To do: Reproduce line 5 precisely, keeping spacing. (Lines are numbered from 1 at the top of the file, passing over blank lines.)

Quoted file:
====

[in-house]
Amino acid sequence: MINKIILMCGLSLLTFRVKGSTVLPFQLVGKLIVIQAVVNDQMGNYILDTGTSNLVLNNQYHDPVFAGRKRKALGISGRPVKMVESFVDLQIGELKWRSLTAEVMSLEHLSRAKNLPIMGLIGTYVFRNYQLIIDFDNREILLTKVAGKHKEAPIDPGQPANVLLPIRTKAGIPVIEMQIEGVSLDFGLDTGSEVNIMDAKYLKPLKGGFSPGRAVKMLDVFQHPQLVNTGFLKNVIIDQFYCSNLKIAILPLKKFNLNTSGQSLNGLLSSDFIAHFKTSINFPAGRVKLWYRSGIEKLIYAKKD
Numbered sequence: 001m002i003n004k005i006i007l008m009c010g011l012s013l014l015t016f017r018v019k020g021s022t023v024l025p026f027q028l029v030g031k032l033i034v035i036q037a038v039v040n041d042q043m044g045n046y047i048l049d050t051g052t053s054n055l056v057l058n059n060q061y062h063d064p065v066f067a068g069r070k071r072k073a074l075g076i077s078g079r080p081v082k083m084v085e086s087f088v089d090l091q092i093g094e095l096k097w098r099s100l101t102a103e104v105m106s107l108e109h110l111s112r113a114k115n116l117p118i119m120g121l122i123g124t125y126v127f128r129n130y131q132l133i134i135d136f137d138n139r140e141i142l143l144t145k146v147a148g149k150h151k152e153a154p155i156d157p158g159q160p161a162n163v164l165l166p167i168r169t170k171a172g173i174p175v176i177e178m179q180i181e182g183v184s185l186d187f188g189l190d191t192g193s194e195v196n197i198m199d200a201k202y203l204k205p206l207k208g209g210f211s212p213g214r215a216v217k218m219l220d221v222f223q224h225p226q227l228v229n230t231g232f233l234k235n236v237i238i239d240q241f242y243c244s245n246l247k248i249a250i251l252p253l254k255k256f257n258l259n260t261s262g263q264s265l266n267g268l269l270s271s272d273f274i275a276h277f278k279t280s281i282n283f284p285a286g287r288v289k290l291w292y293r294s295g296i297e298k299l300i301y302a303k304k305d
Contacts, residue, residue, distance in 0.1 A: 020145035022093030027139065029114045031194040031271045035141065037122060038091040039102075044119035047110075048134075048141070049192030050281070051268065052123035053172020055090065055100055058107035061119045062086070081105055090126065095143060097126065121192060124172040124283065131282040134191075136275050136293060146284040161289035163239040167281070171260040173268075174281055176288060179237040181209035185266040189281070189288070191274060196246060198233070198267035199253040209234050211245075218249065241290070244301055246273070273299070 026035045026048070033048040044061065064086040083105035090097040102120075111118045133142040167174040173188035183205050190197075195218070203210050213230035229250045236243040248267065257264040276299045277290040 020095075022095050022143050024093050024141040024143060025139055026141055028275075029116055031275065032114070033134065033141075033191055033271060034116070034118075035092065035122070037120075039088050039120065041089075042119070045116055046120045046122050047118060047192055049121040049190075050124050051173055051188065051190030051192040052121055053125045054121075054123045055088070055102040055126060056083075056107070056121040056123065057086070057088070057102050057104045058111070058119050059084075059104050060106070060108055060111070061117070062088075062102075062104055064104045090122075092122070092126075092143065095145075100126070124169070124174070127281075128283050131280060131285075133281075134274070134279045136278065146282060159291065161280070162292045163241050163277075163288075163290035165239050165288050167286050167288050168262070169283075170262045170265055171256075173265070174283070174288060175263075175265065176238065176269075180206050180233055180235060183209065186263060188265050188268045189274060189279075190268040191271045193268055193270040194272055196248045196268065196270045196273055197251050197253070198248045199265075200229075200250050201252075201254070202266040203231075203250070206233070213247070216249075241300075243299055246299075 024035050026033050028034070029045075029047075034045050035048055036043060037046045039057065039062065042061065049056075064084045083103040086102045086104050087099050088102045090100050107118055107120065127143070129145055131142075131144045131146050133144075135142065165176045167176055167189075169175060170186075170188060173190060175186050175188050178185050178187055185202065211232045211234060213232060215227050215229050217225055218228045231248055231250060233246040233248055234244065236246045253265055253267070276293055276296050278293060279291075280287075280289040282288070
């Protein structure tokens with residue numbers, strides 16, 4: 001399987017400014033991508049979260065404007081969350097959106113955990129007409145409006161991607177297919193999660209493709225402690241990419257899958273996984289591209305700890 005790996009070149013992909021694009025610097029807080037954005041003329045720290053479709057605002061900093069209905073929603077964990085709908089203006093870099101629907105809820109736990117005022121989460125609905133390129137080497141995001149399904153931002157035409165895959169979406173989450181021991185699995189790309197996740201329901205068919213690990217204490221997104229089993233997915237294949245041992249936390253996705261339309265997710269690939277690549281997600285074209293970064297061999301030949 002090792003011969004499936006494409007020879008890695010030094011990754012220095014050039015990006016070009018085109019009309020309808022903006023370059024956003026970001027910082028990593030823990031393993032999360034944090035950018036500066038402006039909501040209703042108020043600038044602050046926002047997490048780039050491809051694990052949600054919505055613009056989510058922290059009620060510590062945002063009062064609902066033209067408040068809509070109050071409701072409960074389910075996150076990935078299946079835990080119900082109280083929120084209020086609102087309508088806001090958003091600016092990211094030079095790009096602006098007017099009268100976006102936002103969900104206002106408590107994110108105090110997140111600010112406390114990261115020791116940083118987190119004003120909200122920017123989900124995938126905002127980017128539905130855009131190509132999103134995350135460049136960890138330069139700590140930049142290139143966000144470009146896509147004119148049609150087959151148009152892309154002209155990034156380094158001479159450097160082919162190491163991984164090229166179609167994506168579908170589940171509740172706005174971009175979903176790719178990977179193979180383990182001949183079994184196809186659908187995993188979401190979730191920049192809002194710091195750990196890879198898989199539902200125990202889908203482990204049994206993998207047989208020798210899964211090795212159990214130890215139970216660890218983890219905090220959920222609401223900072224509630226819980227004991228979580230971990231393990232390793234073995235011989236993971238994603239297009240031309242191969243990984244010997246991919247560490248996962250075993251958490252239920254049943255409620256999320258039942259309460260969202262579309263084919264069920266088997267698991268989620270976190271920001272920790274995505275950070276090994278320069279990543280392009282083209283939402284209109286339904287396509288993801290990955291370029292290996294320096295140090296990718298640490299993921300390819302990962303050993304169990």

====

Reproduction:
């Protein structure tokens with residue numbers, strides 16, 4: 001399987017400014033991508049979260065404007081969350097959106113955990129007409145409006161991607177297919193999660209493709225402690241990419257899958273996984289591209305700890 005790996009070149013992909021694009025610097029807080037954005041003329045720290053479709057605002061900093069209905073929603077964990085709908089203006093870099101629907105809820109736990117005022121989460125609905133390129137080497141995001149399904153931002157035409165895959169979406173989450181021991185699995189790309197996740201329901205068919213690990217204490221997104229089993233997915237294949245041992249936390253996705261339309265997710269690939277690549281997600285074209293970064297061999301030949 002090792003011969004499936006494409007020879008890695010030094011990754012220095014050039015990006016070009018085109019009309020309808022903006023370059024956003026970001027910082028990593030823990031393993032999360034944090035950018036500066038402006039909501040209703042108020043600038044602050046926002047997490048780039050491809051694990052949600054919505055613009056989510058922290059009620060510590062945002063009062064609902066033209067408040068809509070109050071409701072409960074389910075996150076990935078299946079835990080119900082109280083929120084209020086609102087309508088806001090958003091600016092990211094030079095790009096602006098007017099009268100976006102936002103969900104206002106408590107994110108105090110997140111600010112406390114990261115020791116940083118987190119004003120909200122920017123989900124995938126905002127980017128539905130855009131190509132999103134995350135460049136960890138330069139700590140930049142290139143966000144470009146896509147004119148049609150087959151148009152892309154002209155990034156380094158001479159450097160082919162190491163991984164090229166179609167994506168579908170589940171509740172706005174971009175979903176790719178990977179193979180383990182001949183079994184196809186659908187995993188979401190979730191920049192809002194710091195750990196890879198898989199539902200125990202889908203482990204049994206993998207047989208020798210899964211090795212159990214130890215139970216660890218983890219905090220959920222609401223900072224509630226819980227004991228979580230971990231393990232390793234073995235011989236993971238994603239297009240031309242191969243990984244010997246991919247560490248996962250075993251958490252239920254049943255409620256999320258039942259309460260969202262579309263084919264069920266088997267698991268989620270976190271920001272920790274995505275950070276090994278320069279990543280392009282083209283939402284209109286339904287396509288993801290990955291370029292290996294320096295140090296990718298640490299993921300390819302990962303050993304169990």